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What's next for Britney Spears? Check Instagram

After the ending of the conservatorship, Britney Spears' fans are asking what's next. The answer might lie in her Instagram account

A Rubylith printing screen featuring a portrait of Britney Spears outside a hearing concerning the pop singer's conservatorship. Photo via AP 
A Rubylith printing screen featuring a portrait of Britney Spears outside a hearing concerning the pop singer's conservatorship. Photo via AP 

After nearly 14 years living under a strict conservatorship she deemed abusive and exploitative, Britney Spears is free.

And now that a California court has lifted the controversial legal arrangement barring one of the world's best-selling pop stars from managing her own life and finances, many fans are asking what's next.

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Speculation abounds—Kids? Travel? Suing her family?—but the answer is elusive, particularly given the guarded lifestyle Spears was legally bound to during more than a decade that saw her largely governed by her father, Jamie.

The magnetic superstar, who turns 40 on 2 December, has not given an interview in years, rarely makes public appearances and last performed in October 2018.

Today most of what the public knows about Spears—who soared to global fame as a teenager on a burst of hits including her breakout "...Baby One More Time," before a highly publicized mental breakdown saw her become a paparazzi punching bag—comes from her eccentric Instagram account.

For years the bubbly star has posted regularly, sometimes uploading videos of herself twirling or doing dance routines, other times waxing poetic on hopes and dreams.

The line of communication from Spears' lavish Los Angeles mansion to the outside world—she has more than 90 million followers across Instagram and Twitter—has offered the singer a modicum of control over her image, and is perhaps where the most accurate reading of her plans lies.

In October—a few weeks after her father was removed from the conservatorship, paving a path for the arrangement's termination—Spears voiced anxiety over her future in a lengthy missive.

"I'll just be honest and say I've waited so long to be free from the situation I'm in," she wrote. "Now that it's here I'm scared to do anything because I'm afraid I'll make a mistake."

Marriage has been a theme, with Spears in September announcing her engagement to 27-year-old Sam Asghari.

Earlier this week she said Donatella Versace was designing her gown, although a date for the nuptials has not been set publicly.

Spears also has said she wants to have another child. She shares two boys, both now teenagers, with her ex-husband Kevin Federline, who has majority custody.

In a chilling accusation in June she told the Los Angeles judge who ultimately ended the conservatorship that under the arrangement she was forced to keep in place a contraceptive IUD, despite her wishes to conceive.

Along with control of her own reproductive system Spears now has power over her fortune, estimated to be some $60 million.

This year she's taken a number of vacations including to Hawaii and French Polynesia, where she posted about taking flying lessons.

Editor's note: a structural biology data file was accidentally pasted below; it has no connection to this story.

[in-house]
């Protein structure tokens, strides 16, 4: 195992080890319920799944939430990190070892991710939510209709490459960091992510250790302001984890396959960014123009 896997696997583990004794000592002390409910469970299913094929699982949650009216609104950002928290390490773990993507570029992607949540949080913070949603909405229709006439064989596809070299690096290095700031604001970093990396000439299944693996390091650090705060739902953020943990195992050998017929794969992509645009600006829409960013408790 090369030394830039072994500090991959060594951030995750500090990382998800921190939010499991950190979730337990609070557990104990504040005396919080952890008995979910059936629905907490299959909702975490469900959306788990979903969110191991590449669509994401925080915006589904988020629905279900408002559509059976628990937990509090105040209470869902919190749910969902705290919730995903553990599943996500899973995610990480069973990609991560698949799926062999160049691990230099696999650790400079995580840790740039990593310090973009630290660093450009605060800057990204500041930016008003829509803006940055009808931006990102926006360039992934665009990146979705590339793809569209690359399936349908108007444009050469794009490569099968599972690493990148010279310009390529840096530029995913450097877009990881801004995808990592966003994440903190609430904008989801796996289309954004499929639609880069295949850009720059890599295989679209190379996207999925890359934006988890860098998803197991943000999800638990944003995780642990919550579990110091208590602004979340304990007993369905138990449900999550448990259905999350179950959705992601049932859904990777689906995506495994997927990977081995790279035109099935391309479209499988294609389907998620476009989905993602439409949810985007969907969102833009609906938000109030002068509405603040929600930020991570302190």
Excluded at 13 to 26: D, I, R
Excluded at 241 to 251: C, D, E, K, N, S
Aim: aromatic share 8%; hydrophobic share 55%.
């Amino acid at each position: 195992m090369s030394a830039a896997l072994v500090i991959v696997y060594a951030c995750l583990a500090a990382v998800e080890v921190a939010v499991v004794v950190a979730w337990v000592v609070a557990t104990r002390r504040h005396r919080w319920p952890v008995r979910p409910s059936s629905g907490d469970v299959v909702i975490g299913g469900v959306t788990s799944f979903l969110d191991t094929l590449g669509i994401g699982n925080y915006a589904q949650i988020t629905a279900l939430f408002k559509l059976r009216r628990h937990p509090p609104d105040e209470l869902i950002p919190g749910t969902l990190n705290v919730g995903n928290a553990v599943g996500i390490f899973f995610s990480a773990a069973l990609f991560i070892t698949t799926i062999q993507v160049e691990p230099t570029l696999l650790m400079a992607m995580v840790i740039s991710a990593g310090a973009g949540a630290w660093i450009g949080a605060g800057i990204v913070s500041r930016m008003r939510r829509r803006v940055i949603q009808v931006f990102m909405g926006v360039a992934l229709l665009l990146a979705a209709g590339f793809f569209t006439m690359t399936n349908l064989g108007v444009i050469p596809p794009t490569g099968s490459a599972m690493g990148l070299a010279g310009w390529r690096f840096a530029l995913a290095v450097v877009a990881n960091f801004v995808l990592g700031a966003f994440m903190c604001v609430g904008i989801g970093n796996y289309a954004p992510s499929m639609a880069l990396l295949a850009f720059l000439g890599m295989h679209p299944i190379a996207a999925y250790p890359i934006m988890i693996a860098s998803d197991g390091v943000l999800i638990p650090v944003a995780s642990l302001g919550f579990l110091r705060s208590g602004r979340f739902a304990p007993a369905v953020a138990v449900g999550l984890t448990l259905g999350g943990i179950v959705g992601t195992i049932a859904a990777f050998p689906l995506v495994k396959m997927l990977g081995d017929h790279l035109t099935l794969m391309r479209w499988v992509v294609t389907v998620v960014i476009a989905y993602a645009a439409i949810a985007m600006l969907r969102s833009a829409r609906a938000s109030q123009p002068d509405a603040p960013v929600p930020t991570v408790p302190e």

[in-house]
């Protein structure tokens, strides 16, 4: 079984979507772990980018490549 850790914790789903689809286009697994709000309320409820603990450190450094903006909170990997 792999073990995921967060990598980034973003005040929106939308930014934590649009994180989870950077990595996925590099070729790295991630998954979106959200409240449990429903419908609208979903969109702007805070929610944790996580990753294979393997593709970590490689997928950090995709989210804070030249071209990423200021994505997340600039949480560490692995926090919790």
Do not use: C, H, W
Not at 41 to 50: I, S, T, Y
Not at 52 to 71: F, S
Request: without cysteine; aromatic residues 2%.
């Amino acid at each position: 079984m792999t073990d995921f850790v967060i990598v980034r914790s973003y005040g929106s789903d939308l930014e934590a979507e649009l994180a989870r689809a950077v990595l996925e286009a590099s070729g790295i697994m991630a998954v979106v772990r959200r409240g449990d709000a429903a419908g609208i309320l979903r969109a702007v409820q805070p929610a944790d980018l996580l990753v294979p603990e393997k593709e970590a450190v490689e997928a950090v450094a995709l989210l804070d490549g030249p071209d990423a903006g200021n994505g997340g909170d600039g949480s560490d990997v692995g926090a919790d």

But while Spears seems focused on family and travel, high on the priority list of fans—and industry players—is whether she will resume performing or release new music.

The superstar dropped four studio albums under the conservatorship, most recently 2016's "Glory."

She also was among the singers to stage wildly bankable Las Vegas residencies in recent years. Her four-year "Britney: Pieces of Me" run grossed a reported $138 million.

But in January 2019 she abruptly canceled her planned return to Vegas, going on indefinite professional hiatus.

She wrote on Instagram in July that "I'm not gonna be performing on any stages anytime soon with my dad handling what I wear, say, do, or think!!!!"

"I'd much rather share videos YES from my living room instead of onstage in Vegas."

In the same post Spears indicated that she had been shut out of the planning of her Vegas shows, becoming more puppet than performer.

Since Friday's court proceeding tabloids have been abuzz over her next career moves, with Page Six citing an "insider" who said Spears "wants to make music and perform again" but it's "not her top priority right now and hasn't been for a while."

Also on deck are upcoming hearings over the millions involved in the fight to free Britney—all of which have been billed to the singer's estate, with a constellation of lawyers and family members on both sides seeking payments.

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It is possible Spears could take legal action against her father, which she hinted at during a court hearing but has made no formal steps towards.

Her primary recourse against her father would be providing evidence he mismanaged Spears' money or overcharged her in his role as her financial conservator; he stepped down as conservator of her person in 2019, with a professional taking over.

Spears said recently scripts for TV and film depictions of her story have been pouring in, though she said "I'm not dead" and not interested in someone else portraying her.

She has also alluded to a tell-all: "Lord have mercy on my family's souls if I ever do an interview," she wrote in October.


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